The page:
Review: Car Seat Headrest reaches greatness with ‘Teens Of Denial’

Will Toledo was no newcomer to the music scene when the so called “first” Car Seat Headrest album, Teens of Style was released last year through Matador Records. Toledo had already completed 11 self-released albums on his Bandcamp page and attracted a small cult following. Their first official album, Teens Of Style, was a sort of greatest hits collection from his catalog that showed a prolific songwriter on the verge of discovering greatness.

The follow-up album, Teens Of Denial, released on March 20, is one of the most enjoyable albums of 2016 so far.

On Denial, Car Seat Headrest has transitioned from a Toledo-led solo project into a cohesive four-piece band. The result is a fuller sound and a young band displaying great confidence behind the leadership of a powerful and prolific songwriter.

Drummer Andrew Katz is a Eugene native who graduated from South Eugene High School and the University of Oregon with an economics degree. Rounding out the lineup are Ethan Ives on guitar and Seth Dalby on bass.

The album was originally set for a Friday the 13th release, but after the vinyl and CDs had already been pressed, Ric Ocasek of the Cars declined the band the rights to sample the Cars’ classic “Just What I Needed” on “Just What I Needed / Not Just What I Needed.” The first pressings were recalled and destroyed; Matador Records estimates the move will cost them at least $50,000. Physical copies of the album are now scheduled for a July release, but Denial is currently available for digital download.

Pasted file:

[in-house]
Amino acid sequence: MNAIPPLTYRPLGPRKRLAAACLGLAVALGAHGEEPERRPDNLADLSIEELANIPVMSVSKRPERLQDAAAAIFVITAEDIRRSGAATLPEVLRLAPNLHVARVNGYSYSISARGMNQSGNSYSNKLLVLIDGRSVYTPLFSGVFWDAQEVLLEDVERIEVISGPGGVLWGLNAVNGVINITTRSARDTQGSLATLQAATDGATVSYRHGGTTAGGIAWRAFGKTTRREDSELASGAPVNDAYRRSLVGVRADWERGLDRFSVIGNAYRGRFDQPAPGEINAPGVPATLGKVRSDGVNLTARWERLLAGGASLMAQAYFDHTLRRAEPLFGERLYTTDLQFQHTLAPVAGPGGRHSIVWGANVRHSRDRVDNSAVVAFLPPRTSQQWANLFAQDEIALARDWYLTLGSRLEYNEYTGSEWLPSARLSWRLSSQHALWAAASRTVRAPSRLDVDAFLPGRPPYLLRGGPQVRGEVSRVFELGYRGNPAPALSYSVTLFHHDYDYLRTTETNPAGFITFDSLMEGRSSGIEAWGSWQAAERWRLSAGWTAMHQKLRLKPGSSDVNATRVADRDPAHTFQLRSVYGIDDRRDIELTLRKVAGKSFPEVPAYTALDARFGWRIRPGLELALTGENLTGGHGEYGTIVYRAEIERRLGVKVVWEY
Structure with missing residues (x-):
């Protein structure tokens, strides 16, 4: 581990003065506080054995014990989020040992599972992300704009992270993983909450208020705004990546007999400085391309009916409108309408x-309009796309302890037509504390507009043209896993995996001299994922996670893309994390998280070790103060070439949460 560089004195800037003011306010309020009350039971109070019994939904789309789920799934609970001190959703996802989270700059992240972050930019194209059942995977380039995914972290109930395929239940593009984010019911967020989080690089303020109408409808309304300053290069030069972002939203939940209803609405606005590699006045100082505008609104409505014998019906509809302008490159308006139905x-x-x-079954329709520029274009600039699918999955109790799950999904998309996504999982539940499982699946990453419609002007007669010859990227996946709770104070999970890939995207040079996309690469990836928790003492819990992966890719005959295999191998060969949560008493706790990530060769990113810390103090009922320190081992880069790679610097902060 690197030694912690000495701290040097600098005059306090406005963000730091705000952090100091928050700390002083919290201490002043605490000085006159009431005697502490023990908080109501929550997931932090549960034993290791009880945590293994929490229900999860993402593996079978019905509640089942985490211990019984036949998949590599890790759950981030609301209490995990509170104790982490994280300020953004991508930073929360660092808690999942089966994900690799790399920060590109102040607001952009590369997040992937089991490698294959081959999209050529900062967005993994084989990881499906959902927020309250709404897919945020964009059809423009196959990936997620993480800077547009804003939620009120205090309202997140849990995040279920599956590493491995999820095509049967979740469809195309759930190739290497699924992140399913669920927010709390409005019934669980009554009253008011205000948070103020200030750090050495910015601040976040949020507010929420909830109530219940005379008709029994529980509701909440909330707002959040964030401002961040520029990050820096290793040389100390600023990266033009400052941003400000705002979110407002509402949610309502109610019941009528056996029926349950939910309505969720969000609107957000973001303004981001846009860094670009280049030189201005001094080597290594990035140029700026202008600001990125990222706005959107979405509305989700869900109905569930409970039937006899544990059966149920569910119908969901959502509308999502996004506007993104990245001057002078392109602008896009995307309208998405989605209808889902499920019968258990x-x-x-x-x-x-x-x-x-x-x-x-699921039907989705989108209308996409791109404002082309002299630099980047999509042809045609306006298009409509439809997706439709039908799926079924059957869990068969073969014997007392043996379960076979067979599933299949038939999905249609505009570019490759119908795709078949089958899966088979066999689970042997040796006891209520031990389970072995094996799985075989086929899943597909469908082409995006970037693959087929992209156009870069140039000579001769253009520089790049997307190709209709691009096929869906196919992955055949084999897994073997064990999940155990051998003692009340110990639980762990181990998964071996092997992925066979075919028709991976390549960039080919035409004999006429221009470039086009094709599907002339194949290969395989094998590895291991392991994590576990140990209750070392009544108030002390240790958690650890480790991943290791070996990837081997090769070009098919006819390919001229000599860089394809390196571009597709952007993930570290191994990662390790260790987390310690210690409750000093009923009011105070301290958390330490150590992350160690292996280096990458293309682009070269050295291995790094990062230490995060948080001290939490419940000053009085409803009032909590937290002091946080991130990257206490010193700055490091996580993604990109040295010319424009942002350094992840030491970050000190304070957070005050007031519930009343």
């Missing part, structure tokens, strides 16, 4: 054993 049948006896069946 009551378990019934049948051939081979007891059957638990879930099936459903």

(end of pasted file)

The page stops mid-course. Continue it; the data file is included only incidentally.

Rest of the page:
Toledo rewrote the song and turned it into “Not What I Needed,” which is actually a superior version of a similar-sounding song – now with a sample of the Teens of Style highlight, “Something Soon,” placed at the end among a loop of backwards crash cymbals. In the end, the album was improved by the song swap.

“(Joe Gets Kicked Out Of School For Using) Drugs With Friends (But Says This Isn’t A Problem)” is not only the album’s longest and best title but also its most moving song. As his alter-ego, Joe, Toledo sings of a disappointing chemically-induced trip: “Last Friday I took acid and mushrooms / I did not transcend I felt like a walking piece of shit / with a stupid looking jacket.”

The album reaches an emotional peak with the 11-minute epic “The Ballad of the Costa Concordia.” In the midsection, the music stops save for a few dark piano chords fit for an Adele track. Toledo’s cathartic monologue is punctuated by a thunderous guitar attack that unburdens him of all the issues following the first major Car Seat Headrest tour and what seem to be painful childhood memories.

The leaps the band made in a single year are astonishing. Genres are beautifully blended, from the grungy “Destroyed By Hippy Powers” to the Strokes-esque “Unforgiving Girl (She’s Not An)” to the gentle balladry of “Joe Goes To School.” Toledo is quickly earning the reputation of a leading rock songwriter.